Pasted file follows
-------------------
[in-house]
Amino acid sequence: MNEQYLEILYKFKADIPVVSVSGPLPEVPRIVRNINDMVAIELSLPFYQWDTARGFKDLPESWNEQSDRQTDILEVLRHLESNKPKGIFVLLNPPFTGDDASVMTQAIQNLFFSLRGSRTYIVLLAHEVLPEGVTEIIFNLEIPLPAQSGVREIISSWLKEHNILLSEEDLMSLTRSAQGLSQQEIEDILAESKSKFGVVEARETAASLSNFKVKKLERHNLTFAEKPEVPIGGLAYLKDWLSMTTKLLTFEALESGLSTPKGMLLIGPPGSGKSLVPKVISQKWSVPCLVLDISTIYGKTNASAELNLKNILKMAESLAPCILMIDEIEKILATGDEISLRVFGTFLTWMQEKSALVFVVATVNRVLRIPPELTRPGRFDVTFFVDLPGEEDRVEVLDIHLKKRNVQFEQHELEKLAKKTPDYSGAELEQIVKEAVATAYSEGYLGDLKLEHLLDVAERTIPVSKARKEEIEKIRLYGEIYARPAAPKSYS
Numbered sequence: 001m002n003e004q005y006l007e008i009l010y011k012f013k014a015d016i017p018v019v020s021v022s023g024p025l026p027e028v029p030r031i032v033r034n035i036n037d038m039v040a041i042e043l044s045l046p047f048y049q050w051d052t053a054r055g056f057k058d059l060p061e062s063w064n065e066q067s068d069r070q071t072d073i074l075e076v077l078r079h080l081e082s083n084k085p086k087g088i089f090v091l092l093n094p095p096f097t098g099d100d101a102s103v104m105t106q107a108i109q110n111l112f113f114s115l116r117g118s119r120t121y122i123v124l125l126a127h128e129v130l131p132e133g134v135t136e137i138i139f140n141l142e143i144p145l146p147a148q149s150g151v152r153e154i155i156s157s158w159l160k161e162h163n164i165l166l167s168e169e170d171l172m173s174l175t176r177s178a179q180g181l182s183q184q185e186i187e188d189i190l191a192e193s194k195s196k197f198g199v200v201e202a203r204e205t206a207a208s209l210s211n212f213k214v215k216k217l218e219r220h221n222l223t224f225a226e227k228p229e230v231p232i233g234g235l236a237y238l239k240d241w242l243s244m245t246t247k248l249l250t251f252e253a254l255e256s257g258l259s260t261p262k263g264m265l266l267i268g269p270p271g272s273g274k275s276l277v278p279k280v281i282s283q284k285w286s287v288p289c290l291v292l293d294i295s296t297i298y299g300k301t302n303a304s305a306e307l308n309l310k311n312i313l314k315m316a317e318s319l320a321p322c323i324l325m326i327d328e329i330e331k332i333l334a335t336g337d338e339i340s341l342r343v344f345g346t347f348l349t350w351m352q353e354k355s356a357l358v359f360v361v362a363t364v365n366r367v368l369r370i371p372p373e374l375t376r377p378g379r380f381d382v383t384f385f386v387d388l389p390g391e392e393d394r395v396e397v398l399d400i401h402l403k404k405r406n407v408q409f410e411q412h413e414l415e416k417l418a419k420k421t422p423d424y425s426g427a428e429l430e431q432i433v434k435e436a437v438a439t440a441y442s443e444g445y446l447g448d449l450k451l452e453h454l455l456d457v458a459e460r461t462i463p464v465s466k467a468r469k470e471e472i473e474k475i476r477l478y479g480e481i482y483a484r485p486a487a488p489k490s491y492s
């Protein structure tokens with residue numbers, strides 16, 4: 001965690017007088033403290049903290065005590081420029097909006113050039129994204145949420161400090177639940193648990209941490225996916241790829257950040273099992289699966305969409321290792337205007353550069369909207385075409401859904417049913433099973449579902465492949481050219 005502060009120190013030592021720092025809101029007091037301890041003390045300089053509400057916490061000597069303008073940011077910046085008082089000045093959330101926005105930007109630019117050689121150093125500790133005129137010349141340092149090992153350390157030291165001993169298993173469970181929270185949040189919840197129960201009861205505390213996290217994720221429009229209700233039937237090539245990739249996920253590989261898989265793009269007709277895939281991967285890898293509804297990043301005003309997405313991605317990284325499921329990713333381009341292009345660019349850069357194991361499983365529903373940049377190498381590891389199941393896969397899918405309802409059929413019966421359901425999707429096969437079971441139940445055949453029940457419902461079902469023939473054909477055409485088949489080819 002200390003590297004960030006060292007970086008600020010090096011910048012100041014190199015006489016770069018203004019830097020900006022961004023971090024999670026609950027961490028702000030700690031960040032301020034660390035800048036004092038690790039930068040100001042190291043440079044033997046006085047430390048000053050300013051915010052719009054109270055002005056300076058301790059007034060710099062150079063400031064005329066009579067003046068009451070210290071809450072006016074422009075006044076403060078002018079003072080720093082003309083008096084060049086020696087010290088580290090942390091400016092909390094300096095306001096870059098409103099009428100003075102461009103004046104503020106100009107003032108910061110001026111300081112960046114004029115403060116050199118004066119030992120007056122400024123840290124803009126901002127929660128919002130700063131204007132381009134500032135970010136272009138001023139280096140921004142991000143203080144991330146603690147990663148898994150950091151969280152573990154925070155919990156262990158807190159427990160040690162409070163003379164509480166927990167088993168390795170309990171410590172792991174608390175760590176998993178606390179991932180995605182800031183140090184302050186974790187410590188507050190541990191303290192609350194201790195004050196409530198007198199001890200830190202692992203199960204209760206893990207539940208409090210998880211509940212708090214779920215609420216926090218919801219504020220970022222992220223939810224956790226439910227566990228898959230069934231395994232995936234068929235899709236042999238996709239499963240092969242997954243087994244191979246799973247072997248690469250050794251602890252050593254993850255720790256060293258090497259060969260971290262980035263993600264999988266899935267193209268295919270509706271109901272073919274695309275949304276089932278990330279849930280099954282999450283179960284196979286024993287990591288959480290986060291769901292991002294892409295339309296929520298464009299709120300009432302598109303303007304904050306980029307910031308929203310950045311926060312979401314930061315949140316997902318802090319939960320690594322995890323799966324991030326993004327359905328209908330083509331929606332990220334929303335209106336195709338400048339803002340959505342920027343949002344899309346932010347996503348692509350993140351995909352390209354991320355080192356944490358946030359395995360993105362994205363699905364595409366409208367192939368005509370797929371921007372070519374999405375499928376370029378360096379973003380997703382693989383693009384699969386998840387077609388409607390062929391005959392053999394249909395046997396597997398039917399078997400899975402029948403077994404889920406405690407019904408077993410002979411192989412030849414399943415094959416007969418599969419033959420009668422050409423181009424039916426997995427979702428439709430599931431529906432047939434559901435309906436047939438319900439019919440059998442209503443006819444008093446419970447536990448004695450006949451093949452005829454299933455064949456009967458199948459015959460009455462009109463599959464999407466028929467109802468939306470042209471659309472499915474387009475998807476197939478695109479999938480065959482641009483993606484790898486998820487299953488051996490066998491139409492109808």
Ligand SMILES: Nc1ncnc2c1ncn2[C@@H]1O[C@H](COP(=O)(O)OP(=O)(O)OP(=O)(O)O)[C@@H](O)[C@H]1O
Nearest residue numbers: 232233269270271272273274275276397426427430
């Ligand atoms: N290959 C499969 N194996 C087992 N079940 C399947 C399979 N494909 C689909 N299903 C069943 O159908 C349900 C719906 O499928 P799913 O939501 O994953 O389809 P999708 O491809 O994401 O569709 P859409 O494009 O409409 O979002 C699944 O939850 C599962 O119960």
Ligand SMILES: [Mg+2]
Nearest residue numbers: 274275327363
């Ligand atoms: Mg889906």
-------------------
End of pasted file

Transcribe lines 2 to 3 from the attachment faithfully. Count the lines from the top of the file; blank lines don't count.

Amino acid sequence: MNEQYLEILYKFKADIPVVSVSGPLPEVPRIVRNINDMVAIELSLPFYQWDTARGFKDLPESWNEQSDRQTDILEVLRHLESNKPKGIFVLLNPPFTGDDASVMTQAIQNLFFSLRGSRTYIVLLAHEVLPEGVTEIIFNLEIPLPAQSGVREIISSWLKEHNILLSEEDLMSLTRSAQGLSQQEIEDILAESKSKFGVVEARETAASLSNFKVKKLERHNLTFAEKPEVPIGGLAYLKDWLSMTTKLLTFEALESGLSTPKGMLLIGPPGSGKSLVPKVISQKWSVPCLVLDISTIYGKTNASAELNLKNILKMAESLAPCILMIDEIEKILATGDEISLRVFGTFLTWMQEKSALVFVVATVNRVLRIPPELTRPGRFDVTFFVDLPGEEDRVEVLDIHLKKRNVQFEQHELEKLAKKTPDYSGAELEQIVKEAVATAYSEGYLGDLKLEHLLDVAERTIPVSKARKEEIEKIRLYGEIYARPAAPKSYS
Numbered sequence: 001m002n003e004q005y006l007e008i009l010y011k012f013k014a015d016i017p018v019v020s021v022s023g024p025l026p027e028v029p030r031i032v033r034n035i036n037d038m039v040a041i042e043l044s045l046p047f048y049q050w051d052t053a054r055g056f057k058d059l060p061e062s063w064n065e066q067s068d069r070q071t072d073i074l075e076v077l078r079h080l081e082s083n084k085p086k087g088i089f090v091l092l093n094p095p096f097t098g099d100d101a102s103v104m105t106q107a108i109q110n111l112f113f114s115l116r117g118s119r120t121y122i123v124l125l126a127h128e129v130l131p132e133g134v135t136e137i138i139f140n141l142e143i144p145l146p147a148q149s150g151v152r153e154i155i156s157s158w159l160k161e162h163n164i165l166l167s168e169e170d171l172m173s174l175t176r177s178a179q180g181l182s183q184q185e186i187e188d189i190l191a192e193s194k195s196k197f198g199v200v201e202a203r204e205t206a207a208s209l210s211n212f213k214v215k216k217l218e219r220h221n222l223t224f225a226e227k228p229e230v231p232i233g234g235l236a237y238l239k240d241w242l243s244m245t246t247k248l249l250t251f252e253a254l255e256s257g258l259s260t261p262k263g264m265l266l267i268g269p270p271g272s273g274k275s276l277v278p279k280v281i282s283q284k285w286s287v288p289c290l291v292l293d294i295s296t297i298y299g300k301t302n303a304s305a306e307l308n309l310k311n312i313l314k315m316a317e318s319l320a321p322c323i324l325m326i327d328e329i330e331k332i333l334a335t336g337d338e339i340s341l342r343v344f345g346t347f348l349t350w351m352q353e354k355s356a357l358v359f360v361v362a363t364v365n366r367v368l369r370i371p372p373e374l375t376r377p378g379r380f381d382v383t384f385f386v387d388l389p390g391e392e393d394r395v396e397v398l399d400i401h402l403k404k405r406n407v408q409f410e411q412h413e414l415e416k417l418a419k420k421t422p423d424y425s426g427a428e429l430e431q432i433v434k435e436a437v438a439t440a441y442s443e444g445y446l447g448d449l450k451l452e453h454l455l456d457v458a459e460r461t462i463p464v465s466k467a468r469k470e471e472i473e474k475i476r477l478y479g480e481i482y483a484r485p486a487a488p489k490s491y492s